When the World Economic Forum published its 2019 edition of the Travel & Tourism Competitiveness Report (TTCR), growth in the Travel & Tourism (T&T) sector was achieving new records. According to the World Tourism Organization (UNWTO), international tourist arrivals worldwide reached 1.4 billion in 2018, two years ahead of predictions, though the TTCR findings warned of a potential tipping point at which the endless pursuit of growth and competitiveness in the sector might serve to undermine the very assets on which it is built and depends.
Two years later, the T&T sector looks very different. Demand in this sector was one of the hardest hit by the COVID-19 pandemic, leaving not only companies but also tourism-driven national economies severely affected by shutdowns, travel restrictions and the disappearance of international travel. Fortunately, there are positive signals, and analysis shows that recovery has started, albeit not at the same pace across the globe or in the same market segments. New factors, such as the war in Ukraine, are also adding to the complexity of this uneven recovery.
However, the sector and its customers have probably changed permanently. Travellers have become more discerning, not least about the health and hygiene conditions in potential destinations; they are also cautious about the impact of future COVID variants or challenges in the form of government policies, border closures and travel disruptions. Moreover, the halt in international travel gave some travellers, both leisure and business, a pause to consider the impact of their choices on climate and the environment. Governments and T&T businesses have had to reassess where they invest, how they mitigate risk and an increase in the volatility of demand, and how they respond to the changing expectations of their customers.
In an effort to support the sector and avoid the aforementioned tipping point, the World Economic Forum’s Platform for Shaping the Future of Mobility set about redesigning the Travel & Tourism Competitiveness Index (TTCI), upon which the TTCR has been based for the past 15 years. During 2020 and 2021, deep engagement with our diverse community of stakeholders, including policy-makers, expert practitioners and leaders in the sector, reinforced the need to improve the ability of the index to reflect the growing role of sustainability and resilience in T&T growth, as well as the sector’s role in broader economic and social development. We are therefore proud to deliver this inaugural publication of the Travel & Tourism Development Index (TTDI), an evolution of the widely recognized TTCI.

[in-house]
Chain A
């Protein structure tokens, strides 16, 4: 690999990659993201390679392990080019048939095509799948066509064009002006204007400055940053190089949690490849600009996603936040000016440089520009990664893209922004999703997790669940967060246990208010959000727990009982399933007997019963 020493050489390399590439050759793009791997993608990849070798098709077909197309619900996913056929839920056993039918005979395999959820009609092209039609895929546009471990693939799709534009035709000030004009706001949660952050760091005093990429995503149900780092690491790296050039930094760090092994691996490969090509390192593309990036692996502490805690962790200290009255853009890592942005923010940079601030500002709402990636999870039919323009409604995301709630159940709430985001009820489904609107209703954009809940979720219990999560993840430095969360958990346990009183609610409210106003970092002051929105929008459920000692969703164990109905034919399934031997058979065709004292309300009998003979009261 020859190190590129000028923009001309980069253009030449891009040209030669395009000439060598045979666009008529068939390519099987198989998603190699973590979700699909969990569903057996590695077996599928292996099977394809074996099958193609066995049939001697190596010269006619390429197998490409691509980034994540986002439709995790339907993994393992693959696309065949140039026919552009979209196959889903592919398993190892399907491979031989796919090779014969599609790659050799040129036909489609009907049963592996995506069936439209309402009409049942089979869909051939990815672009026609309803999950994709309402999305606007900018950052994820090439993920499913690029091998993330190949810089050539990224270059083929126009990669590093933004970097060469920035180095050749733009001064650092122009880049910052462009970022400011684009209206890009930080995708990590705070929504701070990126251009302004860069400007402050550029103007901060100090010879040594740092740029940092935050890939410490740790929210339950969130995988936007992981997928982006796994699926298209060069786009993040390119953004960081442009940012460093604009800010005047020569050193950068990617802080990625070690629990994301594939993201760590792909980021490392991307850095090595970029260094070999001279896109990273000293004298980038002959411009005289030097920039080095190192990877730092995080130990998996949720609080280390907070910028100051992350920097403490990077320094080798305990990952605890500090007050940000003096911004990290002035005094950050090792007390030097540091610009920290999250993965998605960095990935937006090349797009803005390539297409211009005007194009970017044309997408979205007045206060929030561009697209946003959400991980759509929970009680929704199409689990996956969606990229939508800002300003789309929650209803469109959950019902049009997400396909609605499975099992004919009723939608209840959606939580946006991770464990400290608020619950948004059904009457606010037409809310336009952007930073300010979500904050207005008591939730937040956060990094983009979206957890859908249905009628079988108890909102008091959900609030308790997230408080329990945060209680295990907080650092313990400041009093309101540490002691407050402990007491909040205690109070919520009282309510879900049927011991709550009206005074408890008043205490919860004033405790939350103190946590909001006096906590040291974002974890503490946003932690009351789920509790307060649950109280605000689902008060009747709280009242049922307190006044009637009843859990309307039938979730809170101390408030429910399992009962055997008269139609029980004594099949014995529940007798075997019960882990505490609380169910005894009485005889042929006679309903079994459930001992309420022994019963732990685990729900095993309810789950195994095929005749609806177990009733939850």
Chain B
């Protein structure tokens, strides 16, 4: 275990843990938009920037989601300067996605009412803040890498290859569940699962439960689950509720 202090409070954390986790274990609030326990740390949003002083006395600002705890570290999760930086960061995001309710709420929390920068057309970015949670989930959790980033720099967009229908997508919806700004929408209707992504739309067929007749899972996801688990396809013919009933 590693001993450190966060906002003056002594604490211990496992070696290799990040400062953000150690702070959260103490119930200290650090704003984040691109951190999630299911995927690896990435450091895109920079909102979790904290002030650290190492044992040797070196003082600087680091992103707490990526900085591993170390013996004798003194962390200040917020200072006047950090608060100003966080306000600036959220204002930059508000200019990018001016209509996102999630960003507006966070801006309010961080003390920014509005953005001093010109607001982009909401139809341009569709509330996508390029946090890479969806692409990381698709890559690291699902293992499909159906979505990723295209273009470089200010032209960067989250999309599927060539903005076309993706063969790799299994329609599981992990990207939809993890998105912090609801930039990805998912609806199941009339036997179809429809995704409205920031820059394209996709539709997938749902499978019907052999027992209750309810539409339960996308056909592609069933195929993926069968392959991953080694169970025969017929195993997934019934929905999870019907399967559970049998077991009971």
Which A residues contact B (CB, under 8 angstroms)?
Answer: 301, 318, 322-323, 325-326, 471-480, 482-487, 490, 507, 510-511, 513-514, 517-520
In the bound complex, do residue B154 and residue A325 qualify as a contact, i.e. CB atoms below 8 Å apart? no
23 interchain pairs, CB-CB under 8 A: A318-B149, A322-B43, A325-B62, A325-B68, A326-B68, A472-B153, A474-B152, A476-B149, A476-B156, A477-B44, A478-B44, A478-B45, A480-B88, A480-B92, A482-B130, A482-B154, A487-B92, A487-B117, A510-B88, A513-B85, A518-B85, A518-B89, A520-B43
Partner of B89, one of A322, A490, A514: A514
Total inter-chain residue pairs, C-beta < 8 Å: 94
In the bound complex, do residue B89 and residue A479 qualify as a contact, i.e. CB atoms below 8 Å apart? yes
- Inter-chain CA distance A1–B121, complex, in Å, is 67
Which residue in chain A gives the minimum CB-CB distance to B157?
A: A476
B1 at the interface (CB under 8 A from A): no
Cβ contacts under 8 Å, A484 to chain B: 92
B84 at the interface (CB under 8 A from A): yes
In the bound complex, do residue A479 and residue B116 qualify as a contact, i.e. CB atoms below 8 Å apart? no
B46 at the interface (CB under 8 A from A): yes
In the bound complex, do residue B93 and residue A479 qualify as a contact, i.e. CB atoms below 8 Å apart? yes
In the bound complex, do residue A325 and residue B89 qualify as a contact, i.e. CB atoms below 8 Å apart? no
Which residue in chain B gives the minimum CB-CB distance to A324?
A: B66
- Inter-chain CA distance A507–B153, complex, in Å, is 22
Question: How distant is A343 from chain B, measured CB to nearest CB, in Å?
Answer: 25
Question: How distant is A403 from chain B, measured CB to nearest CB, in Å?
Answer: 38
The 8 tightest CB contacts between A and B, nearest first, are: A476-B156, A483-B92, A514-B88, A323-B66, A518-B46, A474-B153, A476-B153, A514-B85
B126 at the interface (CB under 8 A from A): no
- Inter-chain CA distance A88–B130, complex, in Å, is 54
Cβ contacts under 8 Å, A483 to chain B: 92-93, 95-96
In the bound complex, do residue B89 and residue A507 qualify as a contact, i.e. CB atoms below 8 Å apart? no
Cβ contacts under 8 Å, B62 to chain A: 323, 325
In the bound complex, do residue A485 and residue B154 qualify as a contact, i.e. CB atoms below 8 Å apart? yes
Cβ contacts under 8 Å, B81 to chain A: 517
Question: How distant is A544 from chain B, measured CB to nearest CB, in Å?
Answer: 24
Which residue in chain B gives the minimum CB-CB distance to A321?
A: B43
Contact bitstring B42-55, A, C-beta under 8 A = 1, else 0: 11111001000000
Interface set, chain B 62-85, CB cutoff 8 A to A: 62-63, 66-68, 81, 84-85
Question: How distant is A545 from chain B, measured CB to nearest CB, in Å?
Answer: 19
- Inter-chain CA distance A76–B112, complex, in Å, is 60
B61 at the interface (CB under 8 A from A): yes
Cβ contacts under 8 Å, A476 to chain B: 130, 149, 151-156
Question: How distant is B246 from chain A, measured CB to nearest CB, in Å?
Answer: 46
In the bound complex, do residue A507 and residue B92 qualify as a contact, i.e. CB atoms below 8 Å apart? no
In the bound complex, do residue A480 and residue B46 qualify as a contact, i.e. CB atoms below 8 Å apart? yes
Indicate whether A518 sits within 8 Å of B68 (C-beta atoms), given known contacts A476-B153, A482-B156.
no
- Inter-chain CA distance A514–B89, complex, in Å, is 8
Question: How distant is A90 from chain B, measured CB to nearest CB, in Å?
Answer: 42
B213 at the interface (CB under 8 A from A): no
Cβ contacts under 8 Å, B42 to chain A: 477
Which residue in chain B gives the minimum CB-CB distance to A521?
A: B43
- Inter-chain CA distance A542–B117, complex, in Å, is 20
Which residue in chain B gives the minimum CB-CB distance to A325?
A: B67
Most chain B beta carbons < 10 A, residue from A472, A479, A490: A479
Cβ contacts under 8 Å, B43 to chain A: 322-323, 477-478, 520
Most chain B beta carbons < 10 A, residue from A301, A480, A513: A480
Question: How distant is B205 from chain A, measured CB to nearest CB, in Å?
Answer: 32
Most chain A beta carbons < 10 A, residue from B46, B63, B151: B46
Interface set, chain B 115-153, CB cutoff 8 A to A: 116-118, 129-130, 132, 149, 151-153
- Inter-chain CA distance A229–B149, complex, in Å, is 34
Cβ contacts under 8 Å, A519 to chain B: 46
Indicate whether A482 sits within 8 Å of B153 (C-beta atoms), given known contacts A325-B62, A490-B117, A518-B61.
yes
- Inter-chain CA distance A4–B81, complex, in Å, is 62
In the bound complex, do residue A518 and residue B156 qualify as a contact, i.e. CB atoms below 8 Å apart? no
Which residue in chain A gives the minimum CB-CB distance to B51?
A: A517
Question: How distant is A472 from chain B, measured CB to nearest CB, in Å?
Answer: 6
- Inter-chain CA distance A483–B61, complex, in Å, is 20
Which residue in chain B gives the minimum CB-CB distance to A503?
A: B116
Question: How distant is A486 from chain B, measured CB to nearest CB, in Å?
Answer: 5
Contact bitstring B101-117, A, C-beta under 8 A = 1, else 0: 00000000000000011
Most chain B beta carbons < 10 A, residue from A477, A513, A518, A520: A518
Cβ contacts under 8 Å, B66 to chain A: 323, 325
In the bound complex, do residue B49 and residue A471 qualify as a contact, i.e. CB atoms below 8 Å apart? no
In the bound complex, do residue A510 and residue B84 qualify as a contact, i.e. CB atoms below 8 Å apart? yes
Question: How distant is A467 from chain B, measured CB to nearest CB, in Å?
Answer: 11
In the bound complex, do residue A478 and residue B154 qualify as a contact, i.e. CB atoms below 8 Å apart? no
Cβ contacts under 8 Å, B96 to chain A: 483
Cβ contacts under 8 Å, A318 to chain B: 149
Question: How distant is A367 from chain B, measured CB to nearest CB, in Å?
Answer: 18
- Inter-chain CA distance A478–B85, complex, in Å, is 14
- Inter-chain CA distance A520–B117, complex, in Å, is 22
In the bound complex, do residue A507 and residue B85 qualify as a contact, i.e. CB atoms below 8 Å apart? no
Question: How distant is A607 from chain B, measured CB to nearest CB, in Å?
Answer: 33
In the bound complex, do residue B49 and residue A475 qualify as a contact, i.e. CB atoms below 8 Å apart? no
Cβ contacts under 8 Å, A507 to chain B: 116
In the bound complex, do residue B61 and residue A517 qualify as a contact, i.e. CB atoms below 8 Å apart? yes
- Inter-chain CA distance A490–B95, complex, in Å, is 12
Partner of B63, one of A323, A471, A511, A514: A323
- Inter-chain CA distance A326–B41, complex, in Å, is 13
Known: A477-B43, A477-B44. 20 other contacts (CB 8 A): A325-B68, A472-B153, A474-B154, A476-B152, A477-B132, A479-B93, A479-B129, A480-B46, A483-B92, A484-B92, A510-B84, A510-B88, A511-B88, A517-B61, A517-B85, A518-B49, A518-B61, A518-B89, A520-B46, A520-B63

Supported by an expert advisory group and our community of partners, we believe that the 2021 TTDI effectively demonstrates the imperative to embed sustainability and resilience into the design and management of the sector as it rebuilds in the context of the pandemic and increasing geopolitical tensions that are leading to volatility in multiple markets. The new framework provides a useful and flexible tool for leaders and practitioners to benchmark performance and assess their T&T development, management and long-term strategies, addressing the myriad factors that contribute to more resilient and sustainable destinations and travel markets overall.
We invite leaders, both public and private, to collaborate with us in using insights from the index to inform and shape new practices, solutions and policies that ensure T&T returns in a way that preserves the many assets on which it is founded, future-proofs it in the face of environmental, social and economic risks, and reinstates it as a meaningful contributor to inclusive economic development, cultural exchange and job creation globally.
Lastly, this work relies on the dedicated collaboration of a network of distinguished thinkers and practitioners who provided their knowledge and insights towards its production. We are grateful to our advisory group, which comprises representatives from Bloom Consulting, the International Air Transport Association (IATA), JLL Hotels & Hospitality Group, the Pacific Asia Travel Association (PATA), the University of Surrey, the World Tourism Organization (UNWTO) and the World Travel & Tourism Council (WTTC), and to our data partners Air DNA, Bloom Consulting, Euromonitor International, and Global Petrol Prices. com, IATA, the International Civil Aviation Organization (ICAO), STR, Tripadvisor, the UNWTO and the WTTC. We also thank the authors of this publication, Maksim Soshkin, and Lauren Uppink Calderwood, for their stewardship of this community and the delivery of the Travel & Tourism Development Index.